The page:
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Hero image class guide

Whatever role you play in Destiny 2, you’re going to be dealing out generous portions of damage to the unruly and downright villainous alien races who threaten humanity’s survival. Choosing one of the game’s three classes is just about exactly how you want to deal that damage. Do you tend to favour a tank playstyle? Maybe you prefer to support your teammates with some well-timed abilities. Or perhaps you like to take a mobility advantage to a fight and run rings around your befuddled foes. In any case, Destiny 2 has you covered.

Before we run through the game’s classes in detail, it’s worth remembering that before you get started, you need to get game ready with the NVIDIA GeForce GTX 10 Series for the best experience of Destiny 2 on PC. And for a limited time, when you buy an NVIDIA GeForce GTX 1080 Ti or an NVIDIA GeForce GTX 1080 graphics card, system, or laptop, you’ll get Destiny 2 at PC launch .

Get the bundle here.

On with the guide… The three classes - Titan, Hunter and Warlock - return in name from the original Destiny, but they’ve had a bit of a shake-up this time. Whether you dabbled with that original on consoles or you’re coming to Destiny 2 on PC for the first time, all you really need to know is that each of those three classes has two subclasses which will give you a bit more ownership of your character as you progress through the upgrade paths, and more specialisation in your role too.

Every class has a Super Ability (the big showstopper move which deals massive damage), Class Abilities, and up to four Subclass Passives, all detailed below. There’s no right or wrong to picking a class - instead it’s about deciding how you want to play, and choosing a build that matches your preferred playstyle. With that said, here are your choices.



As the name suggests, Titan is your common or garden tank, able to deal out plenty of damage and soak it up in huge quantities too. As a Titan your shields are more robust, and the upgrade paths available to you make it easy to buff up health and shield regeneration early in the game.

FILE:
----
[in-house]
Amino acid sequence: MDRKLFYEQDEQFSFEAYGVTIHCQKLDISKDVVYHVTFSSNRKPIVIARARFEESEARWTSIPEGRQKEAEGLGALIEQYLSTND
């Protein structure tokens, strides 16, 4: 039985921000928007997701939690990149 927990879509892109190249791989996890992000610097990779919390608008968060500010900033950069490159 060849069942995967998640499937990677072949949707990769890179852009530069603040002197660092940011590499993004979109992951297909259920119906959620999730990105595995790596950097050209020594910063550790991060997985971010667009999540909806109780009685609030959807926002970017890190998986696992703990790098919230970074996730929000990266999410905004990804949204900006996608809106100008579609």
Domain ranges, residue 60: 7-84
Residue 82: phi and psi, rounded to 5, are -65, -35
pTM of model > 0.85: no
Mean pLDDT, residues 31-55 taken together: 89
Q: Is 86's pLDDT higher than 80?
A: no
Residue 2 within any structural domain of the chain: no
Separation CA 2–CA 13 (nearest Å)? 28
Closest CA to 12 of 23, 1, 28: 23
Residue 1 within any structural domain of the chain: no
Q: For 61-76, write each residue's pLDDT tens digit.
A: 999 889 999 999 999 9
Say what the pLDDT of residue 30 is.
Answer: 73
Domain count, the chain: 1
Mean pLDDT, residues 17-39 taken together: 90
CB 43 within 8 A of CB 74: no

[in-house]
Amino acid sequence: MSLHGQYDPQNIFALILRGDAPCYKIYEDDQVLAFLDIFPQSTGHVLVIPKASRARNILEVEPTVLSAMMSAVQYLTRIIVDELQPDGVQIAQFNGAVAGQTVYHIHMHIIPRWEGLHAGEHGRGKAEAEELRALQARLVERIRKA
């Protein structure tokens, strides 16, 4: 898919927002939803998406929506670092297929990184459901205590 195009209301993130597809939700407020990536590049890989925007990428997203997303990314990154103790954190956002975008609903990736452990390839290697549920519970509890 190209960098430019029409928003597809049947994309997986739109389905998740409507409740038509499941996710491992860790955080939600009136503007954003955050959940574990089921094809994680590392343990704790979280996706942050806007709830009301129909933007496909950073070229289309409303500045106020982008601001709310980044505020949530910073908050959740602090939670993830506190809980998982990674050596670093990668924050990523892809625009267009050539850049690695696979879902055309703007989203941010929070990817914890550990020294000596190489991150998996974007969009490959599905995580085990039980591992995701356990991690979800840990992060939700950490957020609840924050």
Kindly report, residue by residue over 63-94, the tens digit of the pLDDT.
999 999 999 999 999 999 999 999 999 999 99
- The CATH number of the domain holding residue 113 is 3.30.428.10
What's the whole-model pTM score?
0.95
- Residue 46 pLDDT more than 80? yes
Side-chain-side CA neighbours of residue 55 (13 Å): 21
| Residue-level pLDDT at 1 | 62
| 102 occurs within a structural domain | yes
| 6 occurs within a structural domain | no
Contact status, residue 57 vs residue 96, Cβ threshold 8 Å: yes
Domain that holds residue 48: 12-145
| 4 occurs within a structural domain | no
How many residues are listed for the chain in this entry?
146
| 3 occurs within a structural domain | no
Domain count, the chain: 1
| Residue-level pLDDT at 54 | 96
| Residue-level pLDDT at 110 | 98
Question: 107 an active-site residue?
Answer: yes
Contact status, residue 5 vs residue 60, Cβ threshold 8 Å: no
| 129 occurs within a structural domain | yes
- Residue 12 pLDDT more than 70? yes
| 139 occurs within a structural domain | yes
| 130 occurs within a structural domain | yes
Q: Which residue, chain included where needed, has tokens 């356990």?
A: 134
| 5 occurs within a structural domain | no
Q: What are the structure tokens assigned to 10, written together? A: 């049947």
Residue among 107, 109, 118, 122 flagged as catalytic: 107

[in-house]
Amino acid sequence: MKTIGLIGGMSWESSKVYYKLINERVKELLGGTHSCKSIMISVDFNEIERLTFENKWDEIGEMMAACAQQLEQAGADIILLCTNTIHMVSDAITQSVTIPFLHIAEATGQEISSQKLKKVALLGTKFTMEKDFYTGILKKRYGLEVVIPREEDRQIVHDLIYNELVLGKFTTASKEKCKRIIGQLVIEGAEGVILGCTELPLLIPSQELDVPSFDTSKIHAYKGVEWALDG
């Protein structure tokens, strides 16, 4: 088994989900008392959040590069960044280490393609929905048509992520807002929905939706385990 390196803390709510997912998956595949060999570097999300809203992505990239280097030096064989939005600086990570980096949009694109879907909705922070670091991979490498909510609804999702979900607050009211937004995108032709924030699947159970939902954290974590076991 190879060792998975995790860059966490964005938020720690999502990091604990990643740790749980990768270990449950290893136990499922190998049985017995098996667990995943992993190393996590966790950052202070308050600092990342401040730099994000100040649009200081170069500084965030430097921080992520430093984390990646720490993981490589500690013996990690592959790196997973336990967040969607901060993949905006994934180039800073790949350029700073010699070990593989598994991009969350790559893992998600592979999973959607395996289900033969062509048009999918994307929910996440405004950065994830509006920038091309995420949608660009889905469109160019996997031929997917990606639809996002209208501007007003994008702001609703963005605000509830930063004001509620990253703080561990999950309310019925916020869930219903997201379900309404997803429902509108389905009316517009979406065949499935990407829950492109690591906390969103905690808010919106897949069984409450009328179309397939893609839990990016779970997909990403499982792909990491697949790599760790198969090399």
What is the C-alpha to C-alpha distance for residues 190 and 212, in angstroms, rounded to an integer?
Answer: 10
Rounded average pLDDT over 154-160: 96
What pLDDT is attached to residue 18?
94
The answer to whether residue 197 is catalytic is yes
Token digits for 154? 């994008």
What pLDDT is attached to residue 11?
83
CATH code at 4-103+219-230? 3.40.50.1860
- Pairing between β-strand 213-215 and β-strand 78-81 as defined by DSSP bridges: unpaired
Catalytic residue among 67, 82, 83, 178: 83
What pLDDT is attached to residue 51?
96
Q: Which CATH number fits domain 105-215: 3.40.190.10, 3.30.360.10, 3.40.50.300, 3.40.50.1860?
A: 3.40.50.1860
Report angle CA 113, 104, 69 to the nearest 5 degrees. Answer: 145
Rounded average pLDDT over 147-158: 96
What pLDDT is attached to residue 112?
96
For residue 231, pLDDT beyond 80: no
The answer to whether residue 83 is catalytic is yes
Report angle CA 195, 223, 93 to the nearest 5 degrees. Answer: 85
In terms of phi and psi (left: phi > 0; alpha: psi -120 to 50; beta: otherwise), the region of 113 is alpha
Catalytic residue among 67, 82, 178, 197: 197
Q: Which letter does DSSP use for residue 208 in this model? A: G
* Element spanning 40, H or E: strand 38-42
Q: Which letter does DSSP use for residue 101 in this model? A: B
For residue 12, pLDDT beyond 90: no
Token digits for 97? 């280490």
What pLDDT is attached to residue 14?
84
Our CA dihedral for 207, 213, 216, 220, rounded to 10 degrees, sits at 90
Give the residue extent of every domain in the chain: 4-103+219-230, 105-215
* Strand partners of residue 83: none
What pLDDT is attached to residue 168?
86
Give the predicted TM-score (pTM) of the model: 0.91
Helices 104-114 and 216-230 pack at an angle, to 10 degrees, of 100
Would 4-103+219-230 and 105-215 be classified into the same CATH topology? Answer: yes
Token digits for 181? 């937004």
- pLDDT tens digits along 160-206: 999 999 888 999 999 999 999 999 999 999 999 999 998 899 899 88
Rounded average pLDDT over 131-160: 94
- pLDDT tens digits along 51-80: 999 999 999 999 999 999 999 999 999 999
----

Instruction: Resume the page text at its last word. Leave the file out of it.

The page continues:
In either subclass, the Titan has the ability to drop a bulletproof Barricade in front of them, which comes in two forms: Towering Barricade, a tall protective wall, or Rally Barricade, wider but waist-high. These can be used to devastating effect in PvP modes by blocking off entry points to entire zones of the map, or halting the opposing team’s route to an objective. In PvE too, Barricades help you stay at the front of the battle for longer, and should enemies walk into them they’ll be slowed and take damage. Handy to have in your arsenal, then.

The Titan’s split into Sentinel and Striker subclasses, and although both have access to those Barricades, elsewhere things get more specialised. The Sentinel’s Super Ability, Sentinel Shield, basically turns them into a havoc-wreaking purple Captain America, able to bash enemies with said shield for massive damage, throw the shield once per activation for even more damage, or use it as - well, a shield.

The Strider goes all out on the offensive with their Fists of Havoc Super Ability. It’s an especially devastating ground pound attack which you can deploy on the ground underneath enemies, or alternatively shoulder-charge into them and even chain attacks. The result is pretty much the same: a screen full of /big/ numbers flying above enemies’ heads, and a lot of corpses lying about when it enters cooldown. The difference in these Supers, and in the available Passives for each subclass, make Titan Sentinel a great pick for a defensive tank playstyle, and Striker the more attractive of the two for a more mobile damage-dealer.